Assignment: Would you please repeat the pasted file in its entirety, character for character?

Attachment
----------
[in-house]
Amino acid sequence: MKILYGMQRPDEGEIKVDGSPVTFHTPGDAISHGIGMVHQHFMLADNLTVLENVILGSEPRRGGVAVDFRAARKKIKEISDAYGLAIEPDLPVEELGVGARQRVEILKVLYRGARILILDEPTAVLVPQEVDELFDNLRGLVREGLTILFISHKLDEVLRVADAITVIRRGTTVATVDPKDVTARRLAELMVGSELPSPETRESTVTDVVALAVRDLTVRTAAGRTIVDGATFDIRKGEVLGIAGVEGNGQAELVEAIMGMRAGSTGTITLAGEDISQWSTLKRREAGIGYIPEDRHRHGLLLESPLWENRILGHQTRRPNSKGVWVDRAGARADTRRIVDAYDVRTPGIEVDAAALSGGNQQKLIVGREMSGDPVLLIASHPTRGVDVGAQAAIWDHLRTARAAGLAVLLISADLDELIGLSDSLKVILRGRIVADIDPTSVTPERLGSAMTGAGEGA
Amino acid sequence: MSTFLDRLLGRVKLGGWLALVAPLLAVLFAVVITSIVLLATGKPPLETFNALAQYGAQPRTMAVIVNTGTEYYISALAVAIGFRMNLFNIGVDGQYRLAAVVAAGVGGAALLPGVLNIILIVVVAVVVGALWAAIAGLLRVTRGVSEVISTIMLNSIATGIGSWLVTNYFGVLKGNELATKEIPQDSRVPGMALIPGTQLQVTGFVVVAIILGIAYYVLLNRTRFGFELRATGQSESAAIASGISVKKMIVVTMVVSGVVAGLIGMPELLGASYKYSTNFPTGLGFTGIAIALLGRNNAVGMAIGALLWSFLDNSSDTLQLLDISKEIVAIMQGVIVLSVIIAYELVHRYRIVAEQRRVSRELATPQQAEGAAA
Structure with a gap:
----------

[in-house]
Amino acid sequence: MKILYGMQRPDEGEIKVDGSPVTFHTPGDAISHGIGMVHQHFMLADNLTVLENVILGSEPRRGGVAVDFRAARKKIKEISDAYGLAIEPDLPVEELGVGARQRVEILKVLYRGARILILDEPTAVLVPQEVDELFDNLRGLVREGLTILFISHKLDEVLRVADAITVIRRGTTVATVDPKDVTARRLAELMVGSELPSPETRESTVTDVVALAVRDLTVRTAAGRTIVDGATFDIRKGEVLGIAGVEGNGQAELVEAIMGMRAGSTGTITLAGEDISQWSTLKRREAGIGYIPEDRHRHGLLLESPLWENRILGHQTRRPNSKGVWVDRAGARADTRRIVDAYDVRTPGIEVDAAALSGGNQQKLIVGREMSGDPVLLIASHPTRGVDVGAQAAIWDHLRTARAAGLAVLLISADLDELIGLSDSLKVILRGRIVADIDPTSVTPERLGSAMTGAGEGA
Amino acid sequence: MSTFLDRLLGRVKLGGWLALVAPLLAVLFAVVITSIVLLATGKPPLETFNALAQYGAQPRTMAVIVNTGTEYYISALAVAIGFRMNLFNIGVDGQYRLAAVVAAGVGGAALLPGVLNIILIVVVAVVVGALWAAIAGLLRVTRGVSEVISTIMLNSIATGIGSWLVTNYFGVLKGNELATKEIPQDSRVPGMALIPGTQLQVTGFVVVAIILGIAYYVLLNRTRFGFELRATGQSESAAIASGISVKKMIVVTMVVSGVVAGLIGMPELLGASYKYSTNFPTGLGFTGIAIALLGRNNAVGMAIGALLWSFLDNSSDTLQLLDISKEIVAIMQGVIVLSVIIAYELVHRYRIVAEQRRVSRELATPQQAEGAAA
Structure with a gap: